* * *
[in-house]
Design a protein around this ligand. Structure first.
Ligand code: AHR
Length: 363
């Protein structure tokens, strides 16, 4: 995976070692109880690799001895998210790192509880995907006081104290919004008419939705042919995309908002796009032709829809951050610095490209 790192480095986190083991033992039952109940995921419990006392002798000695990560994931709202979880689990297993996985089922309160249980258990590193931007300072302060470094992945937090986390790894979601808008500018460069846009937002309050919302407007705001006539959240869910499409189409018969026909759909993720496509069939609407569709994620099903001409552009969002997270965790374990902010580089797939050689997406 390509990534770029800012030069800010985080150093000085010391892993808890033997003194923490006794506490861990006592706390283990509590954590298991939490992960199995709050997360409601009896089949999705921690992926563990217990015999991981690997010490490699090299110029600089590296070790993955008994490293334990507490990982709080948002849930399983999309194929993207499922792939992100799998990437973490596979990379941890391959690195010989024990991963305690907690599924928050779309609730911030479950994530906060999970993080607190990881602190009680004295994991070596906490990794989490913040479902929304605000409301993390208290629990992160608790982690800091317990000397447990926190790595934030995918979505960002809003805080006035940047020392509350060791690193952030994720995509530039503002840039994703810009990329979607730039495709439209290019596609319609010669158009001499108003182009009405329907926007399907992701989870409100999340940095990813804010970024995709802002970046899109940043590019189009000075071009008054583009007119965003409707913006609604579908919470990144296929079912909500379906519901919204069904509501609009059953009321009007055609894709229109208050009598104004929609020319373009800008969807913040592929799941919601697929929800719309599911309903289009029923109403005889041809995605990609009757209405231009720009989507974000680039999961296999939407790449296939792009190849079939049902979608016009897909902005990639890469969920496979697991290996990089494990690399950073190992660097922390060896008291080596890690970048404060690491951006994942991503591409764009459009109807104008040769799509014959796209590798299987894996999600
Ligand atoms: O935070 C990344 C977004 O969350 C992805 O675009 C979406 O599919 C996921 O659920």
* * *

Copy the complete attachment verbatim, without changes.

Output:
[in-house]
Design a protein around this ligand. Structure first.
Ligand code: AHR
Length: 363
């Protein structure tokens, strides 16, 4: 995976070692109880690799001895998210790192509880995907006081104290919004008419939705042919995309908002796009032709829809951050610095490209 790192480095986190083991033992039952109940995921419990006392002798000695990560994931709202979880689990297993996985089922309160249980258990590193931007300072302060470094992945937090986390790894979601808008500018460069846009937002309050919302407007705001006539959240869910499409189409018969026909759909993720496509069939609407569709994620099903001409552009969002997270965790374990902010580089797939050689997406 390509990534770029800012030069800010985080150093000085010391892993808890033997003194923490006794506490861990006592706390283990509590954590298991939490992960199995709050997360409601009896089949999705921690992926563990217990015999991981690997010490490699090299110029600089590296070790993955008994490293334990507490990982709080948002849930399983999309194929993207499922792939992100799998990437973490596979990379941890391959690195010989024990991963305690907690599924928050779309609730911030479950994530906060999970993080607190990881602190009680004295994991070596906490990794989490913040479902929304605000409301993390208290629990992160608790982690800091317990000397447990926190790595934030995918979505960002809003805080006035940047020392509350060791690193952030994720995509530039503002840039994703810009990329979607730039495709439209290019596609319609010669158009001499108003182009009405329907926007399907992701989870409100999340940095990813804010970024995709802002970046899109940043590019189009000075071009008054583009007119965003409707913006609604579908919470990144296929079912909500379906519901919204069904509501609009059953009321009007055609894709229109208050009598104004929609020319373009800008969807913040592929799941919601697929929800719309599911309903289009029923109403005889041809995605990609009757209405231009720009989507974000680039999961296999939407790449296939792009190849079939049902979608016009897909902005990639890469969920496979697991290996990089494990690399950073190992660097922390060896008291080596890690970048404060690491951006994942991503591409764009459009109807104008040769799509014959796209590798299987894996999600
Ligand atoms: O935070 C990344 C977004 O969350 C992805 O675009 C979406 O599919 C996921 O659920």